Celebrity besties pack some punches in Battle of Bondi

By Billy Adams

David Gyngell.
David Gyngell.

There was no blood on the pavement after the Battle of Bondi - but there were reportedly teeth.

Witnesses thought they might have been knocked from the mouth of billionaire James Packer during a brutal street fight with the best mate he has long regarded as a brother.

David Gyngell runs the TV network Packer used to own. Had it not been for a fortuitously placed paparazzo, who caught the brawl on camera and sold the video for a reported A$214,000 to News Corp after an international bidding war, people might have struggled to believe how two of the nation's most powerful men settled scores.

James Packer.

Tension between the pair exploded into violence on a road outside Packer's luxury pad, just back from Australia's most celebrated beach, on Sunday afternoon.

After fists flew for several minutes, speculation ran riot, but yesterday both men - besties since childhood - declined to explain why they had come to blows.

"We have been friends for 35 years and still are," they said in a joint statement released shortly after Gyngell, 47, briefly visited Packer at the beachside mansion.

Today's News Corp front pages feature photos allegedly bought for A$214,000.

"In that time we have had our fair share of ups and downs. We respect each other and neither of us will be commenting further."

The sons of Australian TV pioneers Kerry Packer and Bruce Gyngell grew up in a macho culture where the fist could be a useful weapon in the resolution of a business dispute.

Quoting sources, Australian media said their relationship became strained after the casino and gambling mogul split from his second wife, Erica Baxter.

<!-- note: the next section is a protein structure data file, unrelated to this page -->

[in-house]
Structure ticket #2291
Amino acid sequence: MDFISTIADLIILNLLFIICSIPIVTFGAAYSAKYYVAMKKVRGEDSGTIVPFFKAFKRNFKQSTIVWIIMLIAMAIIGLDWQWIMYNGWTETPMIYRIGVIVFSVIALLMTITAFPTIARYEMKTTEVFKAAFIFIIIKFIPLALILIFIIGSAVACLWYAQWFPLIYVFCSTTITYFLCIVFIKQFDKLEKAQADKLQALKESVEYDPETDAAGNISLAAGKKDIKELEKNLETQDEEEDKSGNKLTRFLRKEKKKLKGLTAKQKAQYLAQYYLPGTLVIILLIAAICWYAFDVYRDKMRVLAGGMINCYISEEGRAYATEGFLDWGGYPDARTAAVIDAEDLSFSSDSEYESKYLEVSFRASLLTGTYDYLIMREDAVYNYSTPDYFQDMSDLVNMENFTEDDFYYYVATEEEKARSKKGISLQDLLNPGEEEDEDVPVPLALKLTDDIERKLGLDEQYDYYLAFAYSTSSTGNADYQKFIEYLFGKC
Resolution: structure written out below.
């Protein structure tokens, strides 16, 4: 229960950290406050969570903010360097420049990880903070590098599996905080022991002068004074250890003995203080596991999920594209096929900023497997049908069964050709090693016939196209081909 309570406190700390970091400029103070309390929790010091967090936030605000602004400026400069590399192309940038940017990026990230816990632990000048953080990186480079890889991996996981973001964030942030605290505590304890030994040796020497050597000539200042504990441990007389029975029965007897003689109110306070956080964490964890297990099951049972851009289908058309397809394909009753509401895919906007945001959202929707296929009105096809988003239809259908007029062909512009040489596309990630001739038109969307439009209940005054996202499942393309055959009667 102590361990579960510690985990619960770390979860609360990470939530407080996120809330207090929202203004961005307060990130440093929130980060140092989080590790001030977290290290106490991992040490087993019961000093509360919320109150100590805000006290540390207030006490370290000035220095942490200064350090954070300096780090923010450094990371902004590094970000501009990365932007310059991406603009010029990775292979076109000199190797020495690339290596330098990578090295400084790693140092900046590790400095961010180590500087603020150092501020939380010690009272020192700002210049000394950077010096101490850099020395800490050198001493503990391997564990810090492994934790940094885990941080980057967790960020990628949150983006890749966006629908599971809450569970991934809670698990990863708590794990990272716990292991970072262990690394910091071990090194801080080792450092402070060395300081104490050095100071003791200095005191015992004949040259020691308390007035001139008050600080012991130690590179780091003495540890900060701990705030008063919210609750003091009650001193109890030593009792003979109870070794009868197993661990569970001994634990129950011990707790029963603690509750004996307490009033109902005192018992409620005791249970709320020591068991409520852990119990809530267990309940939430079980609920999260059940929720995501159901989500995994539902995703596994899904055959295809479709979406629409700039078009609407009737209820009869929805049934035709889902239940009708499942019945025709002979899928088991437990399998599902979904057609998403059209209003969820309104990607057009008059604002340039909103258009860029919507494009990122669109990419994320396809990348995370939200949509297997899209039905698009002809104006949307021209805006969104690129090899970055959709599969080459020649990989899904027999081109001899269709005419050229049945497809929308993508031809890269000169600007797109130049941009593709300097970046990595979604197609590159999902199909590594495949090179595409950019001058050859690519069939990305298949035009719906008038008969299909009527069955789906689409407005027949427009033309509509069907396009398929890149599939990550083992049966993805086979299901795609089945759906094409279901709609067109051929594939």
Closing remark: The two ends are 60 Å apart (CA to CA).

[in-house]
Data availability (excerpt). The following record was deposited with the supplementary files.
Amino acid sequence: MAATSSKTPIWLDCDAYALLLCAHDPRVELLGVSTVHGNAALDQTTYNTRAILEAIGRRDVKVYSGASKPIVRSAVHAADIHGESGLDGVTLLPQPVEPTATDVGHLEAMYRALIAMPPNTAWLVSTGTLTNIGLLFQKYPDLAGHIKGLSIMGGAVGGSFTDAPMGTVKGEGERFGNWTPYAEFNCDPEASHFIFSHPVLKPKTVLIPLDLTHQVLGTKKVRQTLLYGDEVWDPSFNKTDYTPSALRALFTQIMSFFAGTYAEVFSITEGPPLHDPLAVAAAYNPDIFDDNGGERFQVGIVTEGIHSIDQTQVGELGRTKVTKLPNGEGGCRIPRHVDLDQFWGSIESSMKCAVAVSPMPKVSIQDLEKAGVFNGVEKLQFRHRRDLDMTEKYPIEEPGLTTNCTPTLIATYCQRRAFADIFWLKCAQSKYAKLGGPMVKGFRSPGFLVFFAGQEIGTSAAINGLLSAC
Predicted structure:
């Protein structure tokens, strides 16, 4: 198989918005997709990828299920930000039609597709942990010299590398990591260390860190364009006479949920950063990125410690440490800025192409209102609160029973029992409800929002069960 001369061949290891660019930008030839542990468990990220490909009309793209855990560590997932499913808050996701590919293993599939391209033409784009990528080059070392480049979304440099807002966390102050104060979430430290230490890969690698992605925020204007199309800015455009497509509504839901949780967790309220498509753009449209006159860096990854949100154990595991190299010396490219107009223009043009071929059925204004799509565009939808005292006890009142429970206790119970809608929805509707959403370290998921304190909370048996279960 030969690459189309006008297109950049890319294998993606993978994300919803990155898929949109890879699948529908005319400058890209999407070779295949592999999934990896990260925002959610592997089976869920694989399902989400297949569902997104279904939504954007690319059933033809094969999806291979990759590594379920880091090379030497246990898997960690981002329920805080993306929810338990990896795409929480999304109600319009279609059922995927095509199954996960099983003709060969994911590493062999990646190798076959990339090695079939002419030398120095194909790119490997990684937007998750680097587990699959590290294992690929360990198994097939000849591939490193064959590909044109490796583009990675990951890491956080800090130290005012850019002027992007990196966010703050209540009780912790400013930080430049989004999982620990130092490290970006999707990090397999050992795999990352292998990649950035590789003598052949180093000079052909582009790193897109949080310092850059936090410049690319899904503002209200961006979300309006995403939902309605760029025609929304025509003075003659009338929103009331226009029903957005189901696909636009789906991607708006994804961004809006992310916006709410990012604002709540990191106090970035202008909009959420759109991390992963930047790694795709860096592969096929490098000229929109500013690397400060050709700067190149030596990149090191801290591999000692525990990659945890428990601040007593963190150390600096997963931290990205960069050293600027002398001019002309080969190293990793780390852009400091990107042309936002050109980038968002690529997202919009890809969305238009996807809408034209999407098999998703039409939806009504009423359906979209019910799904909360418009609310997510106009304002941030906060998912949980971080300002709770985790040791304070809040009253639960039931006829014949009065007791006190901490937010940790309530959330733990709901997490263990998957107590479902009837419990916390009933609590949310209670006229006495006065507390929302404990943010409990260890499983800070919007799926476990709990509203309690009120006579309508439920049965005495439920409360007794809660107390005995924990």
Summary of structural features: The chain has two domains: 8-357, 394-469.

Gyngell - who was best man at both Packer weddings - is said to have been dismayed by the bachelor billionaire's partying lifestyle. The Nine Network chief and wife Leila McKinnon are godparents to Indigo, the eldest of Packer's three children.

Today's News Corp front pages feature photos allegedly bought for A$214,000.

One source told News Corp the divorce was one of a "stack" of issues between the men. "This has got nothing to do with business," the source said. "It's all personal."

Rupert Murdoch's media company reportedly outbid Gyngell's Nine Entertainment and others to secure the rights to the paparazzo's video and 50-plus images of the punch-up.

It kicked off after Packer, 46, flew to Sydney by private jet before being chauffeured to his Bondi mansion.

There, a barefooted Gyngell, who had just been for a surf, was sitting on the boot of his car. Gyngell had earlier reportedly been heard telling someone on his mobile phone that he was "going to punch him".

Photographer Brendan Beirne said the TV executive confronted Packer and, after an exchange of profanities, fists flew.

Local Chris Walker tweeted: "Packer packed a punch but copped a couple of hits straight to the jaw."

The confrontation ended when Packer's minders and chauffeur intervened to pull the men apart. Whether either man lost any teeth could not be confirmed.

- NZ Herald

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